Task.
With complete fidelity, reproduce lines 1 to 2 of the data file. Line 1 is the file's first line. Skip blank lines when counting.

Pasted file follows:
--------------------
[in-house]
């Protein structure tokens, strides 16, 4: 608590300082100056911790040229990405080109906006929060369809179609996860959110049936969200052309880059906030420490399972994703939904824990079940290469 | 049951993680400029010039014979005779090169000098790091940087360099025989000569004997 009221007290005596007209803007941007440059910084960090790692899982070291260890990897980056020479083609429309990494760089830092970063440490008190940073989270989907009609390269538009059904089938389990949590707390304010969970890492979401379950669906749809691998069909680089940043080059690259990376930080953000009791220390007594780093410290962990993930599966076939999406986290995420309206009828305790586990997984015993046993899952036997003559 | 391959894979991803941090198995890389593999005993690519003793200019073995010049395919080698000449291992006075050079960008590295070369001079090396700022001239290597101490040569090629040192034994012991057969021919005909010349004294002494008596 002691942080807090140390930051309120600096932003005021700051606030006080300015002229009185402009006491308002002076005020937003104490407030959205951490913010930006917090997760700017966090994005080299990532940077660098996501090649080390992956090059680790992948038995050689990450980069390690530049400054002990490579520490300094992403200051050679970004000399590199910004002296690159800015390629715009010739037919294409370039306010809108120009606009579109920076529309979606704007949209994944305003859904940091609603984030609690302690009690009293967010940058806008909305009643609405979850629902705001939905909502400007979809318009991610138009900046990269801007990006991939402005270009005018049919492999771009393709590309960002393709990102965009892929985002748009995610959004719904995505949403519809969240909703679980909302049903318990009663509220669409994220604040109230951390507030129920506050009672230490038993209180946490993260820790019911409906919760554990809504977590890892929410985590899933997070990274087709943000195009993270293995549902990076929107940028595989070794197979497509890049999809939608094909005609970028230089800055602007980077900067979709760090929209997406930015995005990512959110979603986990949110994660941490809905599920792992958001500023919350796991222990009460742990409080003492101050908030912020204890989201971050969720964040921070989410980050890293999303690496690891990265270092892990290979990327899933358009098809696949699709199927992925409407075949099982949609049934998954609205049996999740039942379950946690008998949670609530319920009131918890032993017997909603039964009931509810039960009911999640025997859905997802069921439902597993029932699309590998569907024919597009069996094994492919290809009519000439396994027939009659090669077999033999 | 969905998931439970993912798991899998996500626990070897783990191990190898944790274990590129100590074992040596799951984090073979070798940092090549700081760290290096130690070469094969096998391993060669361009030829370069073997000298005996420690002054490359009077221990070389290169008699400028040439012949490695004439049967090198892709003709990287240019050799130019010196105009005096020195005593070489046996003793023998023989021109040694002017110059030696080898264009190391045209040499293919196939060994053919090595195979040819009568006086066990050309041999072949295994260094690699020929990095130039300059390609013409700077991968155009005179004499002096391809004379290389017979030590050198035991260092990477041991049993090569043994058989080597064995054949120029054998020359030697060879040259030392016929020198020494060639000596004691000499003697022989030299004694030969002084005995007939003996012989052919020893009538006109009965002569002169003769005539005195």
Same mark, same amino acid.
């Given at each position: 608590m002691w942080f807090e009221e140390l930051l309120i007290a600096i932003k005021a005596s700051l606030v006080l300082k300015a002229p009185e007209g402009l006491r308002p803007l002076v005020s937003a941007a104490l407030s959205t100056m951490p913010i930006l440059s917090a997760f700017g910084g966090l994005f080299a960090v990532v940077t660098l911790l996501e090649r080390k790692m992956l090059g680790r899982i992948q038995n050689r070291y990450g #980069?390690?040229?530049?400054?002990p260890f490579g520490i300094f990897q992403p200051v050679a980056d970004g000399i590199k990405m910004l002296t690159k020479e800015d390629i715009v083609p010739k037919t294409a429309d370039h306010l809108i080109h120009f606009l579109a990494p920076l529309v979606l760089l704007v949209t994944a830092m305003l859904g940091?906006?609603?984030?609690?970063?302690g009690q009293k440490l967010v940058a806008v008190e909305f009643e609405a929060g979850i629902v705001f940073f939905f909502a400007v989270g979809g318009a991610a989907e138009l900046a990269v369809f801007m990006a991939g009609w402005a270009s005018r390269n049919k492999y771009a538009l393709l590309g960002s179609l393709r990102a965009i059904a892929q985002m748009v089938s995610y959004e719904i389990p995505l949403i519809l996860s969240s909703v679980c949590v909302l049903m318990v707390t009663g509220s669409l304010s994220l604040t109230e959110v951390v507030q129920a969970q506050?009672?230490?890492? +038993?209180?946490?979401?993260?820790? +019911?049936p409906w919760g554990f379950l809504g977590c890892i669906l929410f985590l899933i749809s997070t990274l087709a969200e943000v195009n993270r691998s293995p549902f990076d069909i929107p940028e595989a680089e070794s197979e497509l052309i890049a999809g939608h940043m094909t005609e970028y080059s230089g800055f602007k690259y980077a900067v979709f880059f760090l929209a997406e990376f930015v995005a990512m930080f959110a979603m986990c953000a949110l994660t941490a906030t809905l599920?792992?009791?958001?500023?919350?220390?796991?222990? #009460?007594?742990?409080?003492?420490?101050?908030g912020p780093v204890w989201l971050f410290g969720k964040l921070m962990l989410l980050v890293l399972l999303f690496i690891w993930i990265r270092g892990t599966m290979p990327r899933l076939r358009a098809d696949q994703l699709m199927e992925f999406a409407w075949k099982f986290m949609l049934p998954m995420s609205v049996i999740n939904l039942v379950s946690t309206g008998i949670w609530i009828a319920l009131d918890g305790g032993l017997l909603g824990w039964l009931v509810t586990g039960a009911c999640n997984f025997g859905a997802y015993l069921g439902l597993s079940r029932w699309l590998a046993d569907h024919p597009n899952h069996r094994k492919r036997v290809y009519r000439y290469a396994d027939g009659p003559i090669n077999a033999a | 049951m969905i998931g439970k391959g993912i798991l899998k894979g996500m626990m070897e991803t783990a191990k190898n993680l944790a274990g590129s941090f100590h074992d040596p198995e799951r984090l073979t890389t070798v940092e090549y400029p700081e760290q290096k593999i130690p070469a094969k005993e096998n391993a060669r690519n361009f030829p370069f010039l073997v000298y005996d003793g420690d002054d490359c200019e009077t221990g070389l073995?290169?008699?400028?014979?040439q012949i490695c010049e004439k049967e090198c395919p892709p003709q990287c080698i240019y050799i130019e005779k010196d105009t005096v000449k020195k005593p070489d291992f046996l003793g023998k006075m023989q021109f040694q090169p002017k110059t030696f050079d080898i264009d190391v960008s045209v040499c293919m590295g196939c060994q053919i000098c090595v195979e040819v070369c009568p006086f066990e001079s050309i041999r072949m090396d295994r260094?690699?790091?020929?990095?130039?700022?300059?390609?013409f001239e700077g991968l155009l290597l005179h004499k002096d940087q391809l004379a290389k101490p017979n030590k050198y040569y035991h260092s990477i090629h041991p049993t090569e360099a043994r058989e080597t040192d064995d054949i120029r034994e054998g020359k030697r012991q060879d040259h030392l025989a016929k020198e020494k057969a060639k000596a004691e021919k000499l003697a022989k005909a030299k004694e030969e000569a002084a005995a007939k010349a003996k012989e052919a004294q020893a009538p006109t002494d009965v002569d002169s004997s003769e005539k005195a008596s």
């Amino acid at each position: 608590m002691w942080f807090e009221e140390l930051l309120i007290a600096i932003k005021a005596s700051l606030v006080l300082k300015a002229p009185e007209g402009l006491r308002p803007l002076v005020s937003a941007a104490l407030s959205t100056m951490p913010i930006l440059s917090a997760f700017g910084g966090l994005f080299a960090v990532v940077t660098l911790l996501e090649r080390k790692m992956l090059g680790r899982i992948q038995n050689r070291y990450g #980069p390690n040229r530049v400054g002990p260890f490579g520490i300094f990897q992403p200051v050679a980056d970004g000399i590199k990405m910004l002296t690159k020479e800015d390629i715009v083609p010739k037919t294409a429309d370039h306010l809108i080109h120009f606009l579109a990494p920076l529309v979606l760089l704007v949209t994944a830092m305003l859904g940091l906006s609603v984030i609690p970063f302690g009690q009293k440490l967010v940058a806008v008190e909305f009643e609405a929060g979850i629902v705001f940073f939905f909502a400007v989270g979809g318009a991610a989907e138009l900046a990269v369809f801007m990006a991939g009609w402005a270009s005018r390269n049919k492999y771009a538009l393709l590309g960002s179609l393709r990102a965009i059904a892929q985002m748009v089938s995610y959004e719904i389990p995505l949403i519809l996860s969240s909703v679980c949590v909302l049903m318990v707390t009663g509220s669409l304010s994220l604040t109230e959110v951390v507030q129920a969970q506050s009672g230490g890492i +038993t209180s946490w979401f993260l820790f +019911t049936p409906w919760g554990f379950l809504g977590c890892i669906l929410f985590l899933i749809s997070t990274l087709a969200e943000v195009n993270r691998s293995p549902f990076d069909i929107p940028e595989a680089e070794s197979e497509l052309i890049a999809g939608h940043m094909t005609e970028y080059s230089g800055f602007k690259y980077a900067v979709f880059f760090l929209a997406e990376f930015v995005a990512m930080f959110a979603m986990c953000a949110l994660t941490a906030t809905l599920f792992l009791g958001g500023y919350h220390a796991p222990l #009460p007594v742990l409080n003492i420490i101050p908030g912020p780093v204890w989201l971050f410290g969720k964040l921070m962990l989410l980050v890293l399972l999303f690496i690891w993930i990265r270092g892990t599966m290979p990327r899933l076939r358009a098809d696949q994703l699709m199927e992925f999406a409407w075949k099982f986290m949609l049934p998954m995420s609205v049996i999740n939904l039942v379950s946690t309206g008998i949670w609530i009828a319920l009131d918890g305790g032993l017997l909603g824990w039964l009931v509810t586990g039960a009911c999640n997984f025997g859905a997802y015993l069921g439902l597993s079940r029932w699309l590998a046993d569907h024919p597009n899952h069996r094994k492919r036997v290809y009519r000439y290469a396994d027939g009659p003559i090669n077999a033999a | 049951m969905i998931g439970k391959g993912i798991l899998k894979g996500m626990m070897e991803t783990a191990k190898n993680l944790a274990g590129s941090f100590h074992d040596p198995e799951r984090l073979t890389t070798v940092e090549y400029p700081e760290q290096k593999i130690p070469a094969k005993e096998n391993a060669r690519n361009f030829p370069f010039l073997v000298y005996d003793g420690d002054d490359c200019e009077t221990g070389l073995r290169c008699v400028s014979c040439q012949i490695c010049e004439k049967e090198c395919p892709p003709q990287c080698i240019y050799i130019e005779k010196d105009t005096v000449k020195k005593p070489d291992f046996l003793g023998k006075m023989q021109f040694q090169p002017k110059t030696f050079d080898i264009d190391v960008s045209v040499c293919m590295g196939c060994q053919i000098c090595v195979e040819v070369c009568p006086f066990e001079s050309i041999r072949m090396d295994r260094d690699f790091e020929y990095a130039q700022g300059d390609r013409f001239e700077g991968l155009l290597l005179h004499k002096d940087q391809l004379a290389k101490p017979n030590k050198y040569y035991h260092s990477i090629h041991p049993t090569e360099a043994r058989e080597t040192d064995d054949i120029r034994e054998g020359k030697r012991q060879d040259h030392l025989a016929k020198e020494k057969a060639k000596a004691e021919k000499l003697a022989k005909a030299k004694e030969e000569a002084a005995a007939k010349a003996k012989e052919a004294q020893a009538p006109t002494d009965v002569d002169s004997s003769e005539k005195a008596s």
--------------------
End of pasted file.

[in-house]
């Protein structure tokens, strides 16, 4: 608590300082100056911790040229990405080109906006929060369809179609996860959110049936969200052309880059906030420490399972994703939904824990079940290469 | 049951993680400029010039014979005779090169000098790091940087360099025989000569004997 009221007290005596007209803007941007440059910084960090790692899982070291260890990897980056020479083609429309990494760089830092970063440490008190940073989270989907009609390269538009059904089938389990949590707390304010969970890492979401379950669906749809691998069909680089940043080059690259990376930080953000009791220390007594780093410290962990993930599966076939999406986290995420309206009828305790586990997984015993046993899952036997003559 | 391959894979991803941090198995890389593999005993690519003793200019073995010049395919080698000449291992006075050079960008590295070369001079090396700022001239290597101490040569090629040192034994012991057969021919005909010349004294002494008596 002691942080807090140390930051309120600096932003005021700051606030006080300015002229009185402009006491308002002076005020937003104490407030959205951490913010930006917090997760700017966090994005080299990532940077660098996501090649080390992956090059680790992948038995050689990450980069390690530049400054002990490579520490300094992403200051050679970004000399590199910004002296690159800015390629715009010739037919294409370039306010809108120009606009579109920076529309979606704007949209994944305003859904940091609603984030609690302690009690009293967010940058806008909305009643609405979850629902705001939905909502400007979809318009991610138009900046990269801007990006991939402005270009005018049919492999771009393709590309960002393709990102965009892929985002748009995610959004719904995505949403519809969240909703679980909302049903318990009663509220669409994220604040109230951390507030129920506050009672230490038993209180946490993260820790019911409906919760554990809504977590890892929410985590899933997070990274087709943000195009993270293995549902990076929107940028595989070794197979497509890049999809939608094909005609970028230089800055602007980077900067979709760090929209997406930015995005990512959110979603986990949110994660941490809905599920792992958001500023919350796991222990009460742990409080003492101050908030912020204890989201971050969720964040921070989410980050890293999303690496690891990265270092892990290979990327899933358009098809696949699709199927992925409407075949099982949609049934998954609205049996999740039942379950946690008998949670609530319920009131918890032993017997909603039964009931509810039960009911999640025997859905997802069921439902597993029932699309590998569907024919597009069996094994492919290809009519000439396994027939009659090669077999033999 | 969905998931439970993912798991899998996500626990070897783990191990190898944790274990590129100590074992040596799951984090073979070798940092090549700081760290290096130690070469094969096998391993060669361009030829370069073997000298005996420690002054490359009077221990070389290169008699400028040439012949490695004439049967090198892709003709990287240019050799130019010196105009005096020195005593070489046996003793023998023989021109040694002017110059030696080898264009190391045209040499293919196939060994053919090595195979040819009568006086066990050309041999072949295994260094690699020929990095130039300059390609013409700077991968155009005179004499002096391809004379290389017979030590050198035991260092990477041991049993090569043994058989080597064995054949120029054998020359030697060879040259030392016929020198020494060639000596004691000499003697022989030299004694030969002084005995007939003996012989052919020893009538006109009965002569002169003769005539005195």